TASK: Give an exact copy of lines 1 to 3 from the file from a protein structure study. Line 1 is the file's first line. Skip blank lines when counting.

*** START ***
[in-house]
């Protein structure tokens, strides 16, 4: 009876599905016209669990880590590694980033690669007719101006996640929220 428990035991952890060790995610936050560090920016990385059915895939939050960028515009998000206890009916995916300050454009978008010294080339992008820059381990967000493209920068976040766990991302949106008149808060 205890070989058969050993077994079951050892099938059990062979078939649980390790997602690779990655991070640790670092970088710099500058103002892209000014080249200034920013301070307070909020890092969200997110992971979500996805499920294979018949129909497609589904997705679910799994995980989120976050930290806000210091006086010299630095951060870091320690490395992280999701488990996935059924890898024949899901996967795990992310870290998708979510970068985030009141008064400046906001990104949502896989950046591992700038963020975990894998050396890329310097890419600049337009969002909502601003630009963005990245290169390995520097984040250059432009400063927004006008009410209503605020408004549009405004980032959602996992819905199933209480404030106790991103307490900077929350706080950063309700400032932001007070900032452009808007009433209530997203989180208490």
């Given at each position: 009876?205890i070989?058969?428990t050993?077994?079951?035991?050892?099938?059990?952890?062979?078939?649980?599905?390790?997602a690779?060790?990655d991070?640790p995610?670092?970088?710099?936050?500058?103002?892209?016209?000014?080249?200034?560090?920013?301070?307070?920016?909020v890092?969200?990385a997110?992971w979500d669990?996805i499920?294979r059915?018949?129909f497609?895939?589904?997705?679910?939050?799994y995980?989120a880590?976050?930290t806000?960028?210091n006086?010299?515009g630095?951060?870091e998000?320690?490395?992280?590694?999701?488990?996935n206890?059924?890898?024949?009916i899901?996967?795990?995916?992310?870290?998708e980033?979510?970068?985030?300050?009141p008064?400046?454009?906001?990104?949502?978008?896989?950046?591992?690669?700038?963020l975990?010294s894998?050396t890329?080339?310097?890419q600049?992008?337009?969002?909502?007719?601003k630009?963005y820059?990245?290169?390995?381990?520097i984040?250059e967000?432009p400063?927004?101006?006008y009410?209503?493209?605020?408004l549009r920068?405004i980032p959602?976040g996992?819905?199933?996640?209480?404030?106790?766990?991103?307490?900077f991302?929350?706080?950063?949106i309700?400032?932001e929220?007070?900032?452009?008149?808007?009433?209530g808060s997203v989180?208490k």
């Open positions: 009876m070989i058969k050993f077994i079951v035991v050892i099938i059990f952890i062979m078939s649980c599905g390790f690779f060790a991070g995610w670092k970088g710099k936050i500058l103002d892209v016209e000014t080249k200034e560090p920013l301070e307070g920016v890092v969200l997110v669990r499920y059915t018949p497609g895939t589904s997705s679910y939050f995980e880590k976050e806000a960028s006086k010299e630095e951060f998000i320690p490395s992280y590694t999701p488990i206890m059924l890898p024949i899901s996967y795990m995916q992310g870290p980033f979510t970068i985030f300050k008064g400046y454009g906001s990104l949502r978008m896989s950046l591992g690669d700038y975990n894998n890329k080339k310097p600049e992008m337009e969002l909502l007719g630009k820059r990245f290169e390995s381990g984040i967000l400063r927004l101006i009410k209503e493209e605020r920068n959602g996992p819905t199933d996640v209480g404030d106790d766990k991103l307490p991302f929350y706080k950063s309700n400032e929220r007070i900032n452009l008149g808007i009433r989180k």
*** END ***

[in-house]
């Protein structure tokens, strides 16, 4: 009876599905016209669990880590590694980033690669007719101006996640929220 428990035991952890060790995610936050560090920016990385059915895939939050960028515009998000206890009916995916300050454009978008010294080339992008820059381990967000493209920068976040766990991302949106008149808060 205890070989058969050993077994079951050892099938059990062979078939649980390790997602690779990655991070640790670092970088710099500058103002892209000014080249200034920013301070307070909020890092969200997110992971979500996805499920294979018949129909497609589904997705679910799994995980989120976050930290806000210091006086010299630095951060870091320690490395992280999701488990996935059924890898024949899901996967795990992310870290998708979510970068985030009141008064400046906001990104949502896989950046591992700038963020975990894998050396890329310097890419600049337009969002909502601003630009963005990245290169390995520097984040250059432009400063927004006008009410209503605020408004549009405004980032959602996992819905199933209480404030106790991103307490900077929350706080950063309700400032932001007070900032452009808007009433209530997203989180208490």
């Given at each position: 009876?205890i070989?058969?428990t050993?077994?079951?035991?050892?099938?059990?952890?062979?078939?649980?599905?390790?997602a690779?060790?990655d991070?640790p995610?670092?970088?710099?936050?500058?103002?892209?016209?000014?080249?200034?560090?920013?301070?307070?920016?909020v890092?969200?990385a997110?992971w979500d669990?996805i499920?294979r059915?018949?129909f497609?895939?589904?997705?679910?939050?799994y995980?989120a880590?976050?930290t806000?960028?210091n006086?010299?515009g630095?951060?870091e998000?320690?490395?992280?590694?999701?488990?996935n206890?059924?890898?024949?009916i899901?996967?795990?995916?992310?870290?998708e980033?979510?970068?985030?300050?009141p008064?400046?454009?906001?990104?949502?978008?896989?950046?591992?690669?700038?963020l975990?010294s894998?050396t890329?080339?310097?890419q600049?992008?337009?969002?909502?007719?601003k630009?963005y820059?990245?290169?390995?381990?520097i984040?250059e967000?432009p400063?927004?101006?006008y009410?209503?493209?605020?408004l549009r920068?405004i980032p959602?976040g996992?819905?199933?996640?209480?404030?106790?766990?991103?307490?900077f991302?929350?706080?950063?949106i309700?400032?932001e929220?007070?900032?452009?008149?808007?009433?209530g808060s997203v989180?208490k």